How could this be changed?  With Scalia gone, we have a potentially-deadlocked Court:  4 of the remaining justices are leftist, 3 are conservative, and Kennedy is a swing vote who sometimes give the leftists a majority. But if Clinton were elected and another leftist were appointed as the successor to Scalia, that would give the left a clear majority of at least 5 to 4.  Here is what it would take for conservatives to regain a majority on the Court:

  • A Republican president. Let’s call that a 50/50chance, a 50% probability in any election.
  • A  Republican majority in the Senate, at the same time as we have a Republican president.  (The Senate must approve all nominations to the Supreme Court.) Recent history:  in the 64 years beginning with the presidency of Dwight Eisenhower, a single party has held both the presidency and a majority in the Senate only 27.5 years – 43%  of those years.  (Nixon never had a Republican Senate in his 6 years, Ford did not have one in his 2, and Bush The Elder was 0-for-4.)   Let’s generously round the 43% up to 50%.  So, the probability of having both a Republican president and a Republican Senate in any year is only 25%, under the basic formula:  when two events are independent, the probability of both occurring is the product of the probabilities of the individual events. 50% of 50% is 25%.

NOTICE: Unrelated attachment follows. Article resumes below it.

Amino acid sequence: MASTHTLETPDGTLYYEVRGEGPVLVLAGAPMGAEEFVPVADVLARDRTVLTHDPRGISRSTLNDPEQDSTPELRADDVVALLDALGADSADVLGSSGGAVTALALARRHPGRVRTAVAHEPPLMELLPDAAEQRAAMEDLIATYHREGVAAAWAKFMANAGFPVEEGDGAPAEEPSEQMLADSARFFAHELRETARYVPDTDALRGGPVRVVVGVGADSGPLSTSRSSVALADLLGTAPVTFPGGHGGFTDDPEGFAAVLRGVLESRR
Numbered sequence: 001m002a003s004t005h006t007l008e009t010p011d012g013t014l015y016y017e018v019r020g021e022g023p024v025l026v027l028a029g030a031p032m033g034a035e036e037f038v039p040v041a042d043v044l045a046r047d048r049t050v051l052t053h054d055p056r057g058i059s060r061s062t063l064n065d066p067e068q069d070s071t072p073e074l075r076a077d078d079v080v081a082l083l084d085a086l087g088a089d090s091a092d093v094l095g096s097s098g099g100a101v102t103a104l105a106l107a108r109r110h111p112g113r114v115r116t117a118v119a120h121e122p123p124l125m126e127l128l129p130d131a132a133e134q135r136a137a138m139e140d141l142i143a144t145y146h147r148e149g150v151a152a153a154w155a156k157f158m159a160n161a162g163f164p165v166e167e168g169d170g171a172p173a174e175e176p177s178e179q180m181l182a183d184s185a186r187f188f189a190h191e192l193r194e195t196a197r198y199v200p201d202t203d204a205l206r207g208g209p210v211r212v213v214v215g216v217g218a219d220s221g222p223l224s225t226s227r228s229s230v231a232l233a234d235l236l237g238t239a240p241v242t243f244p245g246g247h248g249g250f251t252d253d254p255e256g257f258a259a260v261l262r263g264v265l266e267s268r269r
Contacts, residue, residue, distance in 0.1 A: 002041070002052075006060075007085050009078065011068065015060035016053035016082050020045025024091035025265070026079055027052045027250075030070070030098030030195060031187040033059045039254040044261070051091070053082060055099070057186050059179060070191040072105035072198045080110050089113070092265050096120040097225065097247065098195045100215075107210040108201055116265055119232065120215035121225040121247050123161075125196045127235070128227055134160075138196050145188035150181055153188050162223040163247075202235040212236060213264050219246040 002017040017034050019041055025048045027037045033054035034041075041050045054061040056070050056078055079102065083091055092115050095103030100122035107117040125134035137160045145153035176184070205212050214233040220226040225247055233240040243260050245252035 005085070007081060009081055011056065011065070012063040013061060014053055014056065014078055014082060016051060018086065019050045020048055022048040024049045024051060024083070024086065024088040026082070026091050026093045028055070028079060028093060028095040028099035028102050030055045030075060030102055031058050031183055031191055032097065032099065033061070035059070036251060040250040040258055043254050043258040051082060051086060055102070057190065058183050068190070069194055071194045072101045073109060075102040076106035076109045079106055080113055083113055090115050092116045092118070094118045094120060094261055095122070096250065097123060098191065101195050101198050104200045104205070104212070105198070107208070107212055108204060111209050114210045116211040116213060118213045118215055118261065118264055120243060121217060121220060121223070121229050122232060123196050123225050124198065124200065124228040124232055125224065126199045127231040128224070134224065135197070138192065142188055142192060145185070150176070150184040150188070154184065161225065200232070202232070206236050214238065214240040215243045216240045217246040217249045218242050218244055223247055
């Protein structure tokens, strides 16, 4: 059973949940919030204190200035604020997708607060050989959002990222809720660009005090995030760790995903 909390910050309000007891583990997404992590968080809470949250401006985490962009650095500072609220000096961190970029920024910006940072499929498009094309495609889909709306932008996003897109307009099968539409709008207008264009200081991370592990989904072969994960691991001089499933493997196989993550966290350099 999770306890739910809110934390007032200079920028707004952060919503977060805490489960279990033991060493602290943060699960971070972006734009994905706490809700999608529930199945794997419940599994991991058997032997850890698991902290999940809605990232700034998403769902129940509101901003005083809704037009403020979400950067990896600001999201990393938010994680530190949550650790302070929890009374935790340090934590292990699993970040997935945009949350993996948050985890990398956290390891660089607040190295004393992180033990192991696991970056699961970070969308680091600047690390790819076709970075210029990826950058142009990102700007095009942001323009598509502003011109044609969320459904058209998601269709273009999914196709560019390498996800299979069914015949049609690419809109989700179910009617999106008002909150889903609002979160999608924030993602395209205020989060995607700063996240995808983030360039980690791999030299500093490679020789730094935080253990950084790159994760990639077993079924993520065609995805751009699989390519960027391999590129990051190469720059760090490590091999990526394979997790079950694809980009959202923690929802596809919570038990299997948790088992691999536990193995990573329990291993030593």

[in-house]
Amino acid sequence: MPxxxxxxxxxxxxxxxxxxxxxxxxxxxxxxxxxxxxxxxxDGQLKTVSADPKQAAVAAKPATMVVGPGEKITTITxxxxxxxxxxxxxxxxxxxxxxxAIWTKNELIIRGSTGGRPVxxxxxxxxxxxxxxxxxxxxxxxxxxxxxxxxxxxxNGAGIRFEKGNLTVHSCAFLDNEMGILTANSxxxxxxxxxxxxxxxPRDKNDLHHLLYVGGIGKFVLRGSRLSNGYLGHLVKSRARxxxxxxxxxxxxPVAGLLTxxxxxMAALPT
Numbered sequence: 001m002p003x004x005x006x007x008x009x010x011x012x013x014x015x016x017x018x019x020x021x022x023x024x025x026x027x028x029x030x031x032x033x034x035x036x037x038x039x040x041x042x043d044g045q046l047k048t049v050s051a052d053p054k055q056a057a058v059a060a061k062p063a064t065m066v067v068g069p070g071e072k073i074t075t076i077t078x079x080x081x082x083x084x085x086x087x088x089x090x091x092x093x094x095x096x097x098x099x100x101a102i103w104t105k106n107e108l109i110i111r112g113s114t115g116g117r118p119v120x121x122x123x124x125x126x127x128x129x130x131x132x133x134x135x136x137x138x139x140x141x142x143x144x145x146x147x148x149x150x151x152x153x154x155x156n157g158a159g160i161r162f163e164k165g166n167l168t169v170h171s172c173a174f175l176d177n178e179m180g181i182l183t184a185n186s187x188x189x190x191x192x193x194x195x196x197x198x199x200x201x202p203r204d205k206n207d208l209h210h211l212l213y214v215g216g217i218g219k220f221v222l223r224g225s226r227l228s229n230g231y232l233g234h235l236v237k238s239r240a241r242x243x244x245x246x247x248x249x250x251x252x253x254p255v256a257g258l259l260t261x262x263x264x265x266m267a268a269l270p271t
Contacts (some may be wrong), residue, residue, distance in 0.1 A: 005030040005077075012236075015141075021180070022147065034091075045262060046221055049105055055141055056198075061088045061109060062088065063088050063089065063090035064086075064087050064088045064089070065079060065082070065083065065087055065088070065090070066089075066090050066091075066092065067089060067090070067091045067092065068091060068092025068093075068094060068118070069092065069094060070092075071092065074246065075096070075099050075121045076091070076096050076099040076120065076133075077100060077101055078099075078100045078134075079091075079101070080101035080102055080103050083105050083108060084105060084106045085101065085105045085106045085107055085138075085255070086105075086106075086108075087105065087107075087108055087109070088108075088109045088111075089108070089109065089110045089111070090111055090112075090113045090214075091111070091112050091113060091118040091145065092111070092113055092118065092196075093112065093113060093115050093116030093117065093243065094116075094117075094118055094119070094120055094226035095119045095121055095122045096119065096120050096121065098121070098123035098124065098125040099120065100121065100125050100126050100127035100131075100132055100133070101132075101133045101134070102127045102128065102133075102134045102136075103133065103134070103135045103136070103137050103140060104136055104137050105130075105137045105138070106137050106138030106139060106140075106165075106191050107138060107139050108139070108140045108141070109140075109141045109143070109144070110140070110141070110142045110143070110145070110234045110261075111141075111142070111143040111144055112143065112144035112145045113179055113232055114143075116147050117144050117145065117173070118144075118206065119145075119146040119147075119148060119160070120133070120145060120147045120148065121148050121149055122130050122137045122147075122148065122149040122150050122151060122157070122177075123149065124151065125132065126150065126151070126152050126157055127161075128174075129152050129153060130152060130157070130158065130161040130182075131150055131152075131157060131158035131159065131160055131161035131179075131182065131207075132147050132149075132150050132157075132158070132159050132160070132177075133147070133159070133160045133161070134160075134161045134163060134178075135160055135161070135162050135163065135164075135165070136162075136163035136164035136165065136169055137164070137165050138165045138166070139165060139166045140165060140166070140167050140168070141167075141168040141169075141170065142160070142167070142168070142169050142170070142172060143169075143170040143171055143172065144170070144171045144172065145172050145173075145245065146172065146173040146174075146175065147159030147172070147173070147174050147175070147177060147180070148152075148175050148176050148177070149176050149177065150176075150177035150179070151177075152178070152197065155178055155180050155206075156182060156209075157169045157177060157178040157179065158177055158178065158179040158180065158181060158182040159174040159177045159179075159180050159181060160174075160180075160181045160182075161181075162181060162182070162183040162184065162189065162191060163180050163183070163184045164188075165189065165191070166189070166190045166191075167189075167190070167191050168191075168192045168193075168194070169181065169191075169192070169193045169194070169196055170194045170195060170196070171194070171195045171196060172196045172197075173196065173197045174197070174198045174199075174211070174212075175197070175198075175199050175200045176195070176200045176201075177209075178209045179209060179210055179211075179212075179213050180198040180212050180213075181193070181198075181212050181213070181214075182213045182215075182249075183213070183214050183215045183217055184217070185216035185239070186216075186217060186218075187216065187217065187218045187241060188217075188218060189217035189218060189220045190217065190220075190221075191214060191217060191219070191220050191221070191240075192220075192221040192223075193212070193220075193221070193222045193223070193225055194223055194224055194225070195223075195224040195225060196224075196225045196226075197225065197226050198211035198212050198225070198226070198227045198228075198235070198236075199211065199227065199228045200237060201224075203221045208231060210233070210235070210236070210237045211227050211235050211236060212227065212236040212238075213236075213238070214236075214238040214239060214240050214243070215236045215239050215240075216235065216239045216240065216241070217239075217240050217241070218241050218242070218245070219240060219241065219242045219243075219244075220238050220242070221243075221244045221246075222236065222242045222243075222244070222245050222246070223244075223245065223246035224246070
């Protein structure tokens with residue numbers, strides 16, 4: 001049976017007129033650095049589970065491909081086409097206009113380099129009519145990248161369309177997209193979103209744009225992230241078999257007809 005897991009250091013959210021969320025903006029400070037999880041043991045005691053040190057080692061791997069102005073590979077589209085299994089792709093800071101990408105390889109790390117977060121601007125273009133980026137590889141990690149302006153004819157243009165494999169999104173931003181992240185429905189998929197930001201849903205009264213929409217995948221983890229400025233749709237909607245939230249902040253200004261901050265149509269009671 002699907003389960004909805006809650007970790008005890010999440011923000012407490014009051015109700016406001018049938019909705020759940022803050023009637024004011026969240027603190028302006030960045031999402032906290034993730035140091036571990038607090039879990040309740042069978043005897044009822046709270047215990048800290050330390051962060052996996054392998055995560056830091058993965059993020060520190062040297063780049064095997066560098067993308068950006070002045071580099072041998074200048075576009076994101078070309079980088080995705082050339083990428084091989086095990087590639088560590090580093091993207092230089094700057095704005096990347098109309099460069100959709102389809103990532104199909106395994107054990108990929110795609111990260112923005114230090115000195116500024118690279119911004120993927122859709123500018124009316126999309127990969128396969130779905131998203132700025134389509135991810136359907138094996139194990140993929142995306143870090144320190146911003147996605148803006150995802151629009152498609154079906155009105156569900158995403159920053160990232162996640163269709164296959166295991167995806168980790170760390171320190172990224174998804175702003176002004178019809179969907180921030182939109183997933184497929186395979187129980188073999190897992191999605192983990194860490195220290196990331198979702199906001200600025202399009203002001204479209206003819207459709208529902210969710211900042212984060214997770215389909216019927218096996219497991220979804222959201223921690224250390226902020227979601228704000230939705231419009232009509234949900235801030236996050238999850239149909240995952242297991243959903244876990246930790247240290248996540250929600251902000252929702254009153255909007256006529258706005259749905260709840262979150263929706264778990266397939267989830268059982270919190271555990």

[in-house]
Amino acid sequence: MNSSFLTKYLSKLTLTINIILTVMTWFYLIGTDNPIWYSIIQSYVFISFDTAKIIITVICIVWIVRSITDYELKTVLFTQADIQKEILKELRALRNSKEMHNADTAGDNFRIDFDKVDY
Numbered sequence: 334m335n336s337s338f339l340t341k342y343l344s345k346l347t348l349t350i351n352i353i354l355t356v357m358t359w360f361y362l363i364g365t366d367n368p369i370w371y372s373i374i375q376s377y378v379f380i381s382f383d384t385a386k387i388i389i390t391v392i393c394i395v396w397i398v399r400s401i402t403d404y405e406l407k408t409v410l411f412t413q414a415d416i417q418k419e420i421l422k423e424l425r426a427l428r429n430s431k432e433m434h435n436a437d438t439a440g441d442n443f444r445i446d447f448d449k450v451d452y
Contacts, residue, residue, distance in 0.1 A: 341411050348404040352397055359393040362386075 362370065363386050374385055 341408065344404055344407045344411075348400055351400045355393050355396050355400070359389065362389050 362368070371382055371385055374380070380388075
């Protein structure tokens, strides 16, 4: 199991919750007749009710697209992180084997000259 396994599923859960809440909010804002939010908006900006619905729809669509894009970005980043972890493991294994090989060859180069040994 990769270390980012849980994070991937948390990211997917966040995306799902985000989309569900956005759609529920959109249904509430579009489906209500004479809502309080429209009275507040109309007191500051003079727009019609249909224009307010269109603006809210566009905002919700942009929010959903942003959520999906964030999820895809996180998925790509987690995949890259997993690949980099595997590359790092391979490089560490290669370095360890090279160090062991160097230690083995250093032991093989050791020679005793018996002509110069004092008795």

• The departure of a lefty justice at a time when we have both a Republican president and a Republican Senate. The probabilities?  Let’s start with the fact that since 1930 (the nomination of Chief Justice Charles Evans Hughes), there have been only 39 justices appointed to the Supreme Court, of whom 8 still serve, meaning the turnover is only 31 justices in 86 years.  So, we appoint, on average, just one new justice every 2.77 years, meaning the probability of even one court-opening in any year is only 36%.  As there is only a 50/50 chance that the departing justice would be a lefty, the likelihood of an opportunity to replace a lefty with a conservative is a mere 18% (50% of 36%), or once every 5 ½ years.
  • Now the punch line: All of that would have to happen at least twice in order to get the conservatives up to a clear majority.  What are the chances of the requisite alignment of the stars and planets occurring not just once, but twice?  The chance of its happening in any year is, 18% times 18%, or just a bit more than 3%.  Three percent per year means once every 33 years! Willing to live under a dictatorship until 2049? Does that work for you?  For your kids?  Your grandchildren?